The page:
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Royal Recovery: Remains ID'd As Those Of King Richard III

An enlarged image of the skull identified as that of King Richard III. Jo Appleby, a lecturer in human bioarchaeology at the University of Leicester, is pointing to a detail.
Rui Vieira
PA Photos /Landov
An enlarged image of the skull identified as that of King Richard III. Jo Appleby, a lecturer in human bioarchaeology at the University of Leicester, is pointing to a detail.

Remains found under what's now a parking lot in the English city of Leicester have been confirmed to be those of King Richard III, researchers at the University of Leicester announced Monday.

NPR's Philip Reeves tells our Newscast Desk that the skeleton of the ruler immortalized by William Shakespeare was identified thanks to a DNA match with a distant relative. The 15th century warrior king, as All Things Considered reminded us last September when word emerged that his long-lost remains may have been recovered, was killed at the Battle of Bosworth. He was about 32 at the time.

According to Philip, the site where Richard III was buried used to include a church. The distant relative who provided the DNA to match with the king's, says The Guardian, is Canadian Michael Ibsen. According to the Guardian, the king's remains "will be reinterred in Leicester Cathedral, probably early next year."

Historian Helen Castor tells the Guardian that the discovery means "we now have some facts with which to calibrate our reading of both contemporary evidence and Tudor propaganda about Richard's appearance, and the accounts of his death at Bosworth."

The University of Leicester researchers have posted a great of information about the science behind their discovery and the king.

Update at 3 p.m. ET. Don't Blame Shakespeare, Historian Says:

Richard was thought in his time and decades after to be a dark, deformed man — "rather like a spider" — who murdered his way to the throne and then killed two of his nephews, historian John Ashdown-Hill, an adviser on the search team, told NPR's Audie Cornish on Monday. But don't blame Shakespeare for spreading that portrait, Ashdown-Hill said. Shakespeare, he said, was "working from the material he had available," which was largely "propaganda" from the Tudor dynasty.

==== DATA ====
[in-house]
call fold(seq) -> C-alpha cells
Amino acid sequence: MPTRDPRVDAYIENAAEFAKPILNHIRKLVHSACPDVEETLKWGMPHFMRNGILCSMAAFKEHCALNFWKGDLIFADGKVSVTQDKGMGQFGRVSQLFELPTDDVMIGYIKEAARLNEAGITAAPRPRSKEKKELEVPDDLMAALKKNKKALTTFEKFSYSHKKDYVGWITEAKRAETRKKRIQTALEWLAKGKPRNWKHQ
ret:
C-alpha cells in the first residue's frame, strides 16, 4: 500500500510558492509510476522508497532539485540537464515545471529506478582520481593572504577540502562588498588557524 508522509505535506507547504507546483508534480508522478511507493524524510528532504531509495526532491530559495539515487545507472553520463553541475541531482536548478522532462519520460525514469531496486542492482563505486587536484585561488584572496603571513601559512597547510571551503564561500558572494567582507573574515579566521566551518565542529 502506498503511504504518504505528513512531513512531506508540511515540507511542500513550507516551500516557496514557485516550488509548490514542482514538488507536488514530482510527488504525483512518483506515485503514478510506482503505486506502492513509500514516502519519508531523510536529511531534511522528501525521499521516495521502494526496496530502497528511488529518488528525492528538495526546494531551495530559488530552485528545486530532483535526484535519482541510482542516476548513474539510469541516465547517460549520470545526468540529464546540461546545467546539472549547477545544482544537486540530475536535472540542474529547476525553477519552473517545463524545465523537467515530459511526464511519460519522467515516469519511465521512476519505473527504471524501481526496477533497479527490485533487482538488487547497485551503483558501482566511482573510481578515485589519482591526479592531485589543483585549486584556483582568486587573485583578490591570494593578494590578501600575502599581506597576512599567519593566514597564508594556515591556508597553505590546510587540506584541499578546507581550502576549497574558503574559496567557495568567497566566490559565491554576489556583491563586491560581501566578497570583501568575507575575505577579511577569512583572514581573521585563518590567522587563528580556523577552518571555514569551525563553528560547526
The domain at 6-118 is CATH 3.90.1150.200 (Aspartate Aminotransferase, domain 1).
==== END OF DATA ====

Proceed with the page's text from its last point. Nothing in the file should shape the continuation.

More from Audie's conversation with Ashdown-Hill is due on today's All Things Considered. Click here to find an NPR station that broadcasts or streams the show. There's also going to be a report from Phil Reeves.

Update at 9:55 a.m. ET. More About Richard And How He Died.

On the university's website, the researchers write that:

"Although he only ruled for two years — from 1483 to 1485 — Richard III stands out among his peers as one of the most famous (or infamous) Kings of England. ...

"Richard and his older brother Edward were the great-great-grandchildren of Edward III, a line of descent which was used to justify the claim to the throne by the House of York during the Wars of the Roses. ...

"History, they say, is written by the victors. Tudor writers and artists had no qualms about depicting Richard III as an evil tyrant and child-murderer, as well as a crippled hunchback. Shakespeare's eponymous play, written 106 years after Richard's death, cemented the King's bad reputation (and appearance) among the general public for centuries."

"In 1924 the Richard III Society was founded, aiming to challenge accepted beliefs and assumptions. ... Among the inarguably good works of this popular King, they pointed out, were a number of significant changes to English law, including the presumption of 'innocent until proven guilty' and a reformation of the jury system."

The BBC notes that he was "the last English king to die in battle, killed by the forces of the future Henry VII." It also reports that:

"Richard III was portrayed as deformed by some Tudor historians and indeed the skeleton's spine is badly curved, a condition known as scoliosis. However, there was no trace of a withered arm or other abnormalities seen in the more extreme characterizations of the king."

As for how the king died, the university researchers say they were 10 wounds on the skeleton and that Richard was "killed by trauma to the back of the head." There's also evidence that his body was "subjected to 'humiliation injuries' — including a sword through the right buttock."

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Mark Memmott is NPR's supervising senior editor for Standards & Practices. In that role, he's a resource for NPR's journalists – helping them raise the right questions as they do their work and uphold the organization's standards.